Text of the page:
solidarity. Offering a presence to individuals in their suffering is often
more important than using words of solace, she noted. "When people are
deeply heard, they heal."

Two speakers from Oklahoma City talked about how that city coped in the
aftermath of the April 19, 1995, bombing of the Alfred P. Murrah Federal
Building there. The incident, in which 168 people were killed, had been
considered the worst terrorist attack in the United States until the events
of Sept. 11.

The Rev. Brad Yarbrough, who became the clergy coordinator at the Oklahoma
City Family Assistance Center after the bombing, said one of the lessons
learned was that non-religious people should not be supervising clergy
involved in spiritual care. "That's kind of like asking a baseball coach to
be in charge of the football team," he said.

The task of coordinating spiritual care in Oklahoma City was made easier by
the fact that the mayor's downtown prayer breakfast with local religious
leaders had concluded just before the blast and many were still nearby. The
mayor, according to Yarbrough, asked the Rev. Robert Allen, then pastor of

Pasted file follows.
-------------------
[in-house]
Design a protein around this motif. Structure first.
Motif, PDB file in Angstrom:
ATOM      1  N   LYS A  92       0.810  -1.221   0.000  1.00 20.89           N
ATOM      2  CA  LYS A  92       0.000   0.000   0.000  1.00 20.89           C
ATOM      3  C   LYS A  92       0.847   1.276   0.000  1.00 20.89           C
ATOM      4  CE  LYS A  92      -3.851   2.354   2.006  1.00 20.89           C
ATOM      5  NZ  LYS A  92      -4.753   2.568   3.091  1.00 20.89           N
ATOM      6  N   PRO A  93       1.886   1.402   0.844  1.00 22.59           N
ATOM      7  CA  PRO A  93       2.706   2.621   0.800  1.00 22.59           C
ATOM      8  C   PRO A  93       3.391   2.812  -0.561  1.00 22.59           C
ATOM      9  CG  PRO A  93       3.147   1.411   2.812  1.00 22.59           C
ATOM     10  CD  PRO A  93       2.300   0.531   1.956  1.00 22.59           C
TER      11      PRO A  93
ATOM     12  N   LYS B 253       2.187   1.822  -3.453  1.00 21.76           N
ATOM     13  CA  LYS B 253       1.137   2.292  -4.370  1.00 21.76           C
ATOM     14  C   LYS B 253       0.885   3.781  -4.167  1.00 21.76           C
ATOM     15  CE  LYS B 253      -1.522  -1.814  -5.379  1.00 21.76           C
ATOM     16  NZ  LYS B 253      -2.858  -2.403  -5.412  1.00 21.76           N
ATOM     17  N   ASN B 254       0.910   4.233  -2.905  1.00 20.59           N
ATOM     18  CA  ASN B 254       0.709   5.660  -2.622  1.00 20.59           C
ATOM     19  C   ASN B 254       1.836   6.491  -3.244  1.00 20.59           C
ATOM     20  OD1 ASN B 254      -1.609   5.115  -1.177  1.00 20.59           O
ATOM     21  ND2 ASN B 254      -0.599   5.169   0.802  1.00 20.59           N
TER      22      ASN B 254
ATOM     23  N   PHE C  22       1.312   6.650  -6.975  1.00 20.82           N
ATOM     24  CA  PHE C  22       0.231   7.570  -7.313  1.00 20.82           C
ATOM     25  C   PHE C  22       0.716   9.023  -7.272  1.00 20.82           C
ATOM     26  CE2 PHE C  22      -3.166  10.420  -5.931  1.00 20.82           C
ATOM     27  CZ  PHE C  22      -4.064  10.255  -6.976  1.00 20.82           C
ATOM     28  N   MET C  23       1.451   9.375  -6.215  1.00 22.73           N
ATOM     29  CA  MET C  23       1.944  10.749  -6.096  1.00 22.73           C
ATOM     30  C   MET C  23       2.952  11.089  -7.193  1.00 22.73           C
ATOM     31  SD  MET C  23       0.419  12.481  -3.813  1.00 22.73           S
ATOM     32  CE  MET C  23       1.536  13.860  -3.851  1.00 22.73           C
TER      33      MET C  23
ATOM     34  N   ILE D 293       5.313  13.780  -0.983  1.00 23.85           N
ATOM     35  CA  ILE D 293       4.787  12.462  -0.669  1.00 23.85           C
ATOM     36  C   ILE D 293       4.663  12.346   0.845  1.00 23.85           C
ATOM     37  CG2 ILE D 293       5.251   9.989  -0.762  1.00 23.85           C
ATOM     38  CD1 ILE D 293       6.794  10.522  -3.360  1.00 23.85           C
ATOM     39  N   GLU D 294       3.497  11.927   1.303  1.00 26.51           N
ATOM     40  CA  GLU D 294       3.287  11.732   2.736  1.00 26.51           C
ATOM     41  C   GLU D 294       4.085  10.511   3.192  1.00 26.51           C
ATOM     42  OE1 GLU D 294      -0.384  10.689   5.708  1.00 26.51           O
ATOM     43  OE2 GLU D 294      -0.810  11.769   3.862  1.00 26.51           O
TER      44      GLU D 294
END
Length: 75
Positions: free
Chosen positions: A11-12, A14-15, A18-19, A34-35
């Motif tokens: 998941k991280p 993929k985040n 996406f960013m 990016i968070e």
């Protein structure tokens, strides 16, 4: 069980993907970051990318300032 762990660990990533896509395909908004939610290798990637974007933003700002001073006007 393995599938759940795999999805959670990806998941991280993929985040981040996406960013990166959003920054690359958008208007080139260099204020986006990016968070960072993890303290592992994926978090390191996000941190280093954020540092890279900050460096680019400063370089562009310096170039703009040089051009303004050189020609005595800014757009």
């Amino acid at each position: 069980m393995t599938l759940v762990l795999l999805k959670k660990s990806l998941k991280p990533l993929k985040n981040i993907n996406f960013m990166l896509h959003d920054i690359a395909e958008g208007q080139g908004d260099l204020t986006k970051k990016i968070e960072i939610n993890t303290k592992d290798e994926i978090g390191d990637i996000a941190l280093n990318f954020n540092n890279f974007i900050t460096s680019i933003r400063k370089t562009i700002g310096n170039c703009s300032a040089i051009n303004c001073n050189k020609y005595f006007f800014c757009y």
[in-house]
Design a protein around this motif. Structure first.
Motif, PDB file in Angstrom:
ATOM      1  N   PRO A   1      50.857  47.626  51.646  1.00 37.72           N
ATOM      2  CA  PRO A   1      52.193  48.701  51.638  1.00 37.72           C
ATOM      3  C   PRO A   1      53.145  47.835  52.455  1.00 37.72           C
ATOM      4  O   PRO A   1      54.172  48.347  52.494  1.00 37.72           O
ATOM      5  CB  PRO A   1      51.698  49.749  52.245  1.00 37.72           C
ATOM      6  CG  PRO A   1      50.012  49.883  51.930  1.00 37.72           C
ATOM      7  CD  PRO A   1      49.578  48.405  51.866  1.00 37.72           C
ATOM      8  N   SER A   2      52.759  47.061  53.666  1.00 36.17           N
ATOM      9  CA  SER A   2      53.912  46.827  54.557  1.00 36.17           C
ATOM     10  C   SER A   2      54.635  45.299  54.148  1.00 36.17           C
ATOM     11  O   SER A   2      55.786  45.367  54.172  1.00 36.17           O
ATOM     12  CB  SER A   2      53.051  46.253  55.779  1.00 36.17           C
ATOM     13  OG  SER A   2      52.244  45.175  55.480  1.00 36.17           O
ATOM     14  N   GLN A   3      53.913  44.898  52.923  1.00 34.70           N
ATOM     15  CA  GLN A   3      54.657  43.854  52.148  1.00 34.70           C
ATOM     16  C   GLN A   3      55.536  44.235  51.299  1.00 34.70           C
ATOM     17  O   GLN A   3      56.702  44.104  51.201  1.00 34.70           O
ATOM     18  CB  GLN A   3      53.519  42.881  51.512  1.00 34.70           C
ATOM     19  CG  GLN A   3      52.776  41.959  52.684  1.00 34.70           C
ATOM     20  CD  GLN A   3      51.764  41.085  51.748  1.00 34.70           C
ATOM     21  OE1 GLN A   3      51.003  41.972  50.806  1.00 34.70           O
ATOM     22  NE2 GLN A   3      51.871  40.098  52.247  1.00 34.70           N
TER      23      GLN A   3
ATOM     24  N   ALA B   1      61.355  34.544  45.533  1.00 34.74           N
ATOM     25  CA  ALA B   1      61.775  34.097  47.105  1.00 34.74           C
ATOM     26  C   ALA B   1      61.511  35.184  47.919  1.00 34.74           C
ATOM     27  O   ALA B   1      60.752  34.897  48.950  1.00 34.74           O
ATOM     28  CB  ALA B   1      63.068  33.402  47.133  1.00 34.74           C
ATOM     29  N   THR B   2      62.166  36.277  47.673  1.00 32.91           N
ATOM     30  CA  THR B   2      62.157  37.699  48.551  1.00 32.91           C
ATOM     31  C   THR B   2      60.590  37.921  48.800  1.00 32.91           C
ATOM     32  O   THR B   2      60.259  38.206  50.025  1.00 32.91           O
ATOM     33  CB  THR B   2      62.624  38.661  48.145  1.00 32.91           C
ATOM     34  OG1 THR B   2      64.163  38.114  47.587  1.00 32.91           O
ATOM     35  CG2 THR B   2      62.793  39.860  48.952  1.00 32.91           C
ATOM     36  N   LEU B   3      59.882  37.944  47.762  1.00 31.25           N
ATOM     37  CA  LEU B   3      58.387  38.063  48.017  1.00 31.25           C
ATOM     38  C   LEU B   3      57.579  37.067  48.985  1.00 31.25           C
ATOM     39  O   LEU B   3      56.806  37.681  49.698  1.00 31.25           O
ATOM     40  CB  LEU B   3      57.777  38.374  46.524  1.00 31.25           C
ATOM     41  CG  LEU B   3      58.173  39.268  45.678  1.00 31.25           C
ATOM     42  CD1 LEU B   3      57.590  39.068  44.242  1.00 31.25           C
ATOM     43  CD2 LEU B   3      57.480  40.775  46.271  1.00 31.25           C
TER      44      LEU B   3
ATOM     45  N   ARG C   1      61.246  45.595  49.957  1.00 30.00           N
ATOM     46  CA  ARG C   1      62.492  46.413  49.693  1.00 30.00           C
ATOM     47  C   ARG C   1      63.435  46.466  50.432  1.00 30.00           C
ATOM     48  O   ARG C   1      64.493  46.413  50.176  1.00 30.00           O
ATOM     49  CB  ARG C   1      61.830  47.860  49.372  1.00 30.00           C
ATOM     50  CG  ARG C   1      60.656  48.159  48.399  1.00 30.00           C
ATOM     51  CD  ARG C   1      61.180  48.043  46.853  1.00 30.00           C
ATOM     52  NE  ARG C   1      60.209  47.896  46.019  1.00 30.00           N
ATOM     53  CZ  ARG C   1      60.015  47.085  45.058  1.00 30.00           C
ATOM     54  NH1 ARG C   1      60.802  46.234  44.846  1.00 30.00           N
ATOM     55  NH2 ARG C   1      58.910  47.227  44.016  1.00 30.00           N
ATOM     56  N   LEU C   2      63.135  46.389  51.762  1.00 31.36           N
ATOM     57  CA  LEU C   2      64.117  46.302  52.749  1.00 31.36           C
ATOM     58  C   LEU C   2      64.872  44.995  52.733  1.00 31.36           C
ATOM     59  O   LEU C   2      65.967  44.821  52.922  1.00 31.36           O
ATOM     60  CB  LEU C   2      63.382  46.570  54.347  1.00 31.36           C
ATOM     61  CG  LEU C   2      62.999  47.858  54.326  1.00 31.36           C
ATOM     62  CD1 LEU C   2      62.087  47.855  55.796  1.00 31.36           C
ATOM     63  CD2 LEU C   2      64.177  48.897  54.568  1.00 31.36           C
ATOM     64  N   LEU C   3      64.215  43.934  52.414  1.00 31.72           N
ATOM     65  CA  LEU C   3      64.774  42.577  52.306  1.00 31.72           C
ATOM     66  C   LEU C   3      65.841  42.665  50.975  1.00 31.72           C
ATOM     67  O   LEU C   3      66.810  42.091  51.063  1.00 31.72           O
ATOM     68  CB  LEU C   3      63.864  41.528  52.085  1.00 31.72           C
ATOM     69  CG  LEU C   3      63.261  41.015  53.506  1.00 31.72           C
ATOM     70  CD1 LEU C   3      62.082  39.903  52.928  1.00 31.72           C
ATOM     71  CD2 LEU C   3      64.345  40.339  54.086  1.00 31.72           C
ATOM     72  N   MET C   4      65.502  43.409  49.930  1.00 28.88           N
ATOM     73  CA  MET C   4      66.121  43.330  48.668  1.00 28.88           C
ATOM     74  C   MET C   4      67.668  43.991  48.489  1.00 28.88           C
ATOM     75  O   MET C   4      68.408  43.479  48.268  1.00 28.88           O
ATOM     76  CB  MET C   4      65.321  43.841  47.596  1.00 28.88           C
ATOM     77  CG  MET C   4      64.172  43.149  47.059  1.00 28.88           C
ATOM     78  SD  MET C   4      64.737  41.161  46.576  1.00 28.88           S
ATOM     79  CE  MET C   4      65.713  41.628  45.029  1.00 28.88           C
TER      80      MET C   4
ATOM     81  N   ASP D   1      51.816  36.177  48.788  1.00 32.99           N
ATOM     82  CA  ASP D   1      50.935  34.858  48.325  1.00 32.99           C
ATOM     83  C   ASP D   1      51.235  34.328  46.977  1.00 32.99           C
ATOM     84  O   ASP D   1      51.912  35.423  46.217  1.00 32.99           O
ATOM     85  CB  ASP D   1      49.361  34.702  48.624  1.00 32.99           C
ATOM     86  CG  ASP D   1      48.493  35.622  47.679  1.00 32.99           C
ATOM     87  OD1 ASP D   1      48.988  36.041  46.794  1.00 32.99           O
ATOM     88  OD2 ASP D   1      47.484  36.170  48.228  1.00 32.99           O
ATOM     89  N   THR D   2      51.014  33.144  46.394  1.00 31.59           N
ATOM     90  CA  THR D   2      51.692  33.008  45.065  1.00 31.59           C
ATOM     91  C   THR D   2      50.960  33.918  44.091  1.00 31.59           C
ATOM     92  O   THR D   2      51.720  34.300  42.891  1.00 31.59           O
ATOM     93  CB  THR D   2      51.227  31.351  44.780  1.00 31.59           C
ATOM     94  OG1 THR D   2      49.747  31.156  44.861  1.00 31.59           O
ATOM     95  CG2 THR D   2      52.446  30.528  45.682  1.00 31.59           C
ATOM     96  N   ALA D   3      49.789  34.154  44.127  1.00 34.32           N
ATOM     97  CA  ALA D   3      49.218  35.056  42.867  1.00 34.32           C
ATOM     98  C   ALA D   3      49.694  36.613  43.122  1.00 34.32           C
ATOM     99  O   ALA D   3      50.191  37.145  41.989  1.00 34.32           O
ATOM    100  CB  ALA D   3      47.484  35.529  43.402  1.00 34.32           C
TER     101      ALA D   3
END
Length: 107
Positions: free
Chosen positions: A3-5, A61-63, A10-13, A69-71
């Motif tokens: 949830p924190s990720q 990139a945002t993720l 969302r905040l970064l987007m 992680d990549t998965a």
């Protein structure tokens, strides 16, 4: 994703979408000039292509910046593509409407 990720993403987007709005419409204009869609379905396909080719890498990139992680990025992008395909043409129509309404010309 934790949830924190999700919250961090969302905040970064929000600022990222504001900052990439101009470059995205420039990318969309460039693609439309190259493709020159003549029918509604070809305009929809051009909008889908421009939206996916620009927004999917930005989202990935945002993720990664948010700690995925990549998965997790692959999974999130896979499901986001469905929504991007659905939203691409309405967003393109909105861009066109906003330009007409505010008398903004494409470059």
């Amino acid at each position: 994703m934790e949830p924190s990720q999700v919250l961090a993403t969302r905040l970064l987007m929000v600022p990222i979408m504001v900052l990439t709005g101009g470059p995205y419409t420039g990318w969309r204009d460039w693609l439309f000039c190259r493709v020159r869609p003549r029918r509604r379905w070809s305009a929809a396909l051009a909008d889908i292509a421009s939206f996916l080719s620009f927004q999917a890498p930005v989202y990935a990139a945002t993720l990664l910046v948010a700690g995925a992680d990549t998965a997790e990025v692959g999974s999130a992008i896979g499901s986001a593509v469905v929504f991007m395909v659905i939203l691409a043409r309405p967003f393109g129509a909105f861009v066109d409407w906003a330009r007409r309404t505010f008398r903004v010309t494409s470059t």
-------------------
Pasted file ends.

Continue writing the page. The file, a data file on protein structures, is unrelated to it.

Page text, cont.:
Wesley United Methodist Church, to organize a ministry effort on the spot.
Allen had been a speaker at the breakfast. 

"There was an immediate organizational structure that had authority,"
Yarbrough recalled. "Because of that, we were able to have ministers
supervise ministers."

Part of that supervision involved screening clergy and religious volunteers
and ensuring that they were integrated into the overall response. Fears
about ministers being too "preachy" were quickly dispelled, Yarbrough added,
and the mental health professionals involved were impressed by the clergy's
compassionate response.

The role of the faith community in Oklahoma City was critical and vital to
both the response effort and overall community health, he said. In addition,
ministers were given permission "to graciously adhere to the tenets of their
faith with the top priority of providing compassionate care to the